Let’s begin by investigating a particularly vile consequence of poor hand washing practices. Norovirus, also labeled under the stomach flu umbrella term, can be transmitted by the old fecal to oral route. That means not washing after using the bathroom. A very virulent virus, Norovirus, which causes gastroenteritis, spreads like wildfire. It doesn’t require too many viral particles to make us sick. It can be spread through food, which is frightening because there is no way to tell if food has been infected before it is consumed. Norovirus is self- limiting, so infection rarely results in other serious medical complications except the possibility of dehydration if the body isn’t constantly replenished with fluids. Washing hands frequently before preparing food all but eliminates the risk for contamination. Norovirus can survive on linens, so laundering is crucial in regard to clothes or sheets that have come in contact with infected persons (like in a hospital, perhaps). The virus is not airborne, so infection only occurs through direct oral contact. While hand sanitizers help reduce the spread of most infectious bacteria and viruses (including the common cold) they have little effect on norovirus. Considering that our hands come in contact with our mouths daily, it is best to keep them clean. Food handlers infected with Hepatitis A can spread the virus the same way that norovirus is spread. Hepatitis A infects the liver and is also self-limiting. Once infected, a person develops a lifelong immunity to the virus. Most people in the developed world are vaccinated during childhood, but wash your hands just in case. These viruses, although unpleasant, are not the worst possible effect of poor hygiene. Do I really need to explain that cold and flu viruses can spread from hands to the mouth, nose, or eyes? We should know this by now, but if in fact some haven’t gotten the memo colds and flu viruses can survive long enough on everyday surfaces for them to be picked up via the hands and transmitted unknowingly to numerous people. An added lesson to always wash your hands is don’t touch your face if you haven’t washed them after touching countertops, doorknobs, gas pumps, other people’s hands, etc. All sorts of viruses and harmful bacteria can be spread by casual contact with unclean hands.
Okay, here we go. The things that can live on and likewise be spread through unlaundered hospital attire. Germs that can cause pneumonia, a host of infectious bacteria including MRSA, and bacteria that can cause blood stream infections can live on unclean hospital linens. Some infectious bacteria have developed resistance to front line antibiotics and are becoming harder and harder to kill. MRSA, for one, stands for Methicillin-resistant Staphylococcus aureus. Although more of a threat to people with weakened immune systems than healthy individuals, MRSA and other antibiotic resistant bacteria are a major cause for concern. Antibiotic resistant bacteria pose more of a threat inside of hospitals than in public areas. If surfaces inside of hospitals are contaminated with MRSA, the risk of infection in patients is increased due to the presence of patients with open wounds and weakened immune systems. C diff (a diarrhea causing bacteria) and Acinetobacter (a drug resistant bacteria) can also be present on hospital uniforms. Both are incredible nasty bugs. C diff can easily be transferred from an unclean uniform, to a restaurant worker, to a kitchen, and back out into the public. According to NBC, of a test group, sixty percent of healthcare workers uniforms tested positive for harmful pathogens. The number increases and declines based on how often uniforms are washed (obviously).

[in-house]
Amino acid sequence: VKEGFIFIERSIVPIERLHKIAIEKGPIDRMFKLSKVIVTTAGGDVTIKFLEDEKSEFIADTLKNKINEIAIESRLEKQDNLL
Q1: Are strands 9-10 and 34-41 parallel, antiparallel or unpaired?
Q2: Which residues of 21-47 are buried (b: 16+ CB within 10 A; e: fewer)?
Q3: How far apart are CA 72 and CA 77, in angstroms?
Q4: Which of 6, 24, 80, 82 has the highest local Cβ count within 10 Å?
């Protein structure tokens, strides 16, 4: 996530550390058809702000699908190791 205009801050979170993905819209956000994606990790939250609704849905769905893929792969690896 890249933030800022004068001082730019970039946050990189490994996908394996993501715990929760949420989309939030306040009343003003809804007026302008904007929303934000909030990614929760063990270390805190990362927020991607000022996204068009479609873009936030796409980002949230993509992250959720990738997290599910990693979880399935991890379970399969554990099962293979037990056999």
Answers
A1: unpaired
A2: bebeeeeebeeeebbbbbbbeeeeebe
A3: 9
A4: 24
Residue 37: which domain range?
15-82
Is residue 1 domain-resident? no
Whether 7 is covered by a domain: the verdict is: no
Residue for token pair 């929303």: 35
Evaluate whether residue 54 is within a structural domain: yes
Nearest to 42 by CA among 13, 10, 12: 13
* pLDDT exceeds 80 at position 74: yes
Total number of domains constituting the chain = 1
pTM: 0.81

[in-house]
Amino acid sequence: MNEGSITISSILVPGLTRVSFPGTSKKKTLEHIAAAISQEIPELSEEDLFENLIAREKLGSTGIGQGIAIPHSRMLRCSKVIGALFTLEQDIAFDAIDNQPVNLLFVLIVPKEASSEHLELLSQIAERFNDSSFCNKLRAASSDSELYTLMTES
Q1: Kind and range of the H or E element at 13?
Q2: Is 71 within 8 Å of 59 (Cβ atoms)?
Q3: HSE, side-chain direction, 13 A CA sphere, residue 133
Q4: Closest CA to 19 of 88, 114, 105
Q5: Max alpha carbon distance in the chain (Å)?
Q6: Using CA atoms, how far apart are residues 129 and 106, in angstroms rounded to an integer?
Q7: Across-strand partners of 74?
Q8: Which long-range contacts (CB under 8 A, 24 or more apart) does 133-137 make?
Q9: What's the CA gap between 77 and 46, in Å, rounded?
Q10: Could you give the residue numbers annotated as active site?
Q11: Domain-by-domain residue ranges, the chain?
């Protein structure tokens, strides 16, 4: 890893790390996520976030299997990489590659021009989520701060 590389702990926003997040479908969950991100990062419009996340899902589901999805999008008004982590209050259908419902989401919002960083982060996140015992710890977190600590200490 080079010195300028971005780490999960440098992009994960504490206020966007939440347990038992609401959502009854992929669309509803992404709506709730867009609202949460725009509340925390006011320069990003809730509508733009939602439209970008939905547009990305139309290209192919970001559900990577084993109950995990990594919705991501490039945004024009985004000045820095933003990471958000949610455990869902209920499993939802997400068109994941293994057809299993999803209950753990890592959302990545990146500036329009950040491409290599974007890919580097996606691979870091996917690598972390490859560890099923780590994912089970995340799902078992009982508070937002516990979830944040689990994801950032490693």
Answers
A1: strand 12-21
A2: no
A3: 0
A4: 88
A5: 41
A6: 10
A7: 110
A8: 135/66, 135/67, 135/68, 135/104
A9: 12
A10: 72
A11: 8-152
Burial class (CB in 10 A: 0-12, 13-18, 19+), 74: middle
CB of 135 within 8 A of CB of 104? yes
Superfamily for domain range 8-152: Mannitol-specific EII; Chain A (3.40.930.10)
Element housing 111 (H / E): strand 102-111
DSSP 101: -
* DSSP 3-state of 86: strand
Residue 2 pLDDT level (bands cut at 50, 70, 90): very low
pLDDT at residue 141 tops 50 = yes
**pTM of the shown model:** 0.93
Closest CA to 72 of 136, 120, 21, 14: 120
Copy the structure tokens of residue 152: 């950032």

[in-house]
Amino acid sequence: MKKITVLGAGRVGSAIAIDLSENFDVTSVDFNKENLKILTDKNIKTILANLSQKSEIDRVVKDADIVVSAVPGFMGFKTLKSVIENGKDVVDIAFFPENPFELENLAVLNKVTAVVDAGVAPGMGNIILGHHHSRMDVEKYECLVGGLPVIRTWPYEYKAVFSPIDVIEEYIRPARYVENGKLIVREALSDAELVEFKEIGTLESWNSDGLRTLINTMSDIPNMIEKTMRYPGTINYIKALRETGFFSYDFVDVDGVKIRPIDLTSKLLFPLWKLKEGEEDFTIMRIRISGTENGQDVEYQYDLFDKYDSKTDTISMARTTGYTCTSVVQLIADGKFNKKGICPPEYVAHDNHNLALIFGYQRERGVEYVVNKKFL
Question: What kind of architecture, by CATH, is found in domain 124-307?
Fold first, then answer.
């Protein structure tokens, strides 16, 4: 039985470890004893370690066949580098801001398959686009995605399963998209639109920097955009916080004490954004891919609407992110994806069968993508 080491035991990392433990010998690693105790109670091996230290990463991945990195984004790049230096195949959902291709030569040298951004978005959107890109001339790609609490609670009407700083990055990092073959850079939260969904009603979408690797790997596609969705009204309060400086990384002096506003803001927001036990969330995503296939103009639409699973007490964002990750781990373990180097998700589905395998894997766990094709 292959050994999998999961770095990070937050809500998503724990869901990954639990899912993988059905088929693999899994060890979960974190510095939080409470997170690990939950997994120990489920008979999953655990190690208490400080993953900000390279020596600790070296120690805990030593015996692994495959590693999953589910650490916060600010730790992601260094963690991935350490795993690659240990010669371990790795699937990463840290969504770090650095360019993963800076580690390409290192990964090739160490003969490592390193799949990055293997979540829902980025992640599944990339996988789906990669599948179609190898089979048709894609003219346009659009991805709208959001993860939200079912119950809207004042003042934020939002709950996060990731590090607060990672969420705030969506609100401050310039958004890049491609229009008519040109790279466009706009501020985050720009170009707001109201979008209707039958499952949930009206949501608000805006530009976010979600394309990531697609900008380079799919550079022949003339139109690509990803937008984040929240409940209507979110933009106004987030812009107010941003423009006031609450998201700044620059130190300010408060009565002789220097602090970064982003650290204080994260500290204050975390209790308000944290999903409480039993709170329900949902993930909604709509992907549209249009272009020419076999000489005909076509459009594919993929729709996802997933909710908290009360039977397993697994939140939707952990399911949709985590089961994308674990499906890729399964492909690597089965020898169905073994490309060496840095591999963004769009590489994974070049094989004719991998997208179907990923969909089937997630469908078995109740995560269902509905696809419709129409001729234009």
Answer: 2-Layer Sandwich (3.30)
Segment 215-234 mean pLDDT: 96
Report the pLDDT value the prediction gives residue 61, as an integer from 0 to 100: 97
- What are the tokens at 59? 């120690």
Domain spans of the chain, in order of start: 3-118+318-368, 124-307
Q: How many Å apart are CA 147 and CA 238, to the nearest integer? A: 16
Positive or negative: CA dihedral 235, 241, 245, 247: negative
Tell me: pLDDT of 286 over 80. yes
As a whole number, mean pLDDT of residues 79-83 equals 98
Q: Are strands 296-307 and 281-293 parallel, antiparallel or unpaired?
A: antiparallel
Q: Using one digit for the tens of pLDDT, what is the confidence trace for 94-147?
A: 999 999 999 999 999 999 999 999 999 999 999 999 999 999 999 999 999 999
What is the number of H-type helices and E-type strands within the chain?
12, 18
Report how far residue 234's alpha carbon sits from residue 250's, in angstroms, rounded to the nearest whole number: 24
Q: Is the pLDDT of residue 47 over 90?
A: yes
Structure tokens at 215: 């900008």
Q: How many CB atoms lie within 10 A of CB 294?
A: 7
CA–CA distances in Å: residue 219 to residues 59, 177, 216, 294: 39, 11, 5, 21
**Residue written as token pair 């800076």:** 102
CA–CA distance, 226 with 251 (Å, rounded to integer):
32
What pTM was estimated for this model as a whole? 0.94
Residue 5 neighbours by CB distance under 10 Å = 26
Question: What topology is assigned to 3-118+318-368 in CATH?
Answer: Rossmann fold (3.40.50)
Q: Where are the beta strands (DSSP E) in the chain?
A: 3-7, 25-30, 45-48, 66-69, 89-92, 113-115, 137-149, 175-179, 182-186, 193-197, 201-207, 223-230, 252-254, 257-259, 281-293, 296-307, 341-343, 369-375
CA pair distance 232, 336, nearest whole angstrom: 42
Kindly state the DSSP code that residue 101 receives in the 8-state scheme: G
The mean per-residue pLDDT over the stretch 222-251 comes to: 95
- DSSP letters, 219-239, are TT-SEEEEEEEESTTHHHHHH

We often forget to acknowledge the presence of cellular phones and other possible sources of contamination in health care facilities. Rates of patients that suffer from infections not present at the time of admission are a serious problem. Most of the CDC’s data examines risks associated with contamination within a healthcare setting, and not in public. Complete adherences to regular hand washing and sanitization practices are imperative to combating the risk of post admission infections.
Pathogens can just as easily survive on neckties, gowns, goggles, respirators, gloves and cell phones as they can on scrubs and hands. Because we associate scrubs and lab coats with environments that come in contact with deadly germs, we often forget to consider all possible safe havens for microbial growth. Don’t get me wrong, the possibility for increased rates of infection may lie in hospital scrubs in public places, but germs are everywhere. We can never be completely at ease with our surroundings. Peace of mind is the best that we can hope for. All sorts of people can play host to drug resistant bacteria. We cannot be sure who is carrying what on where or whether it is of significant risk to us. We can’t ban everyone from going everywhere because they may or may not have come in contact with more pathogens than the rest of us.
Because microorganisms are invisible to the naked eye, we are never as safe as we think we are. We must always remember to take care of what is within our own realm of possibility for doing so. We can be mindful of our health and the health of others around us by remembering to wash our hands. That is the most important thing. If you are going to say something about somebody’s work uniform in public, be respectful. The may not have come in contact with any dangerous pathogens at all. Either way, it is better to be safe than sorry.
What I’m trying to say is, poor hygiene is dangerous regardless of profession. People who handle food and take care of sick patients are bound by a professional code of ethics to abide by the highest standards of sanitation. When we see hospital garb in public, we sometimes see it as a breach of contract. What we seriously must take into consideration is our own responsibility. If we recognize that the “employees must wash hands” signs in public bathrooms actually apply to everyone, we will all benefit. Try to refrain from giving hugs to people wearing hospital uniforms, but don’t let them ruin your day.
For more information visit http://www.cdc.gov/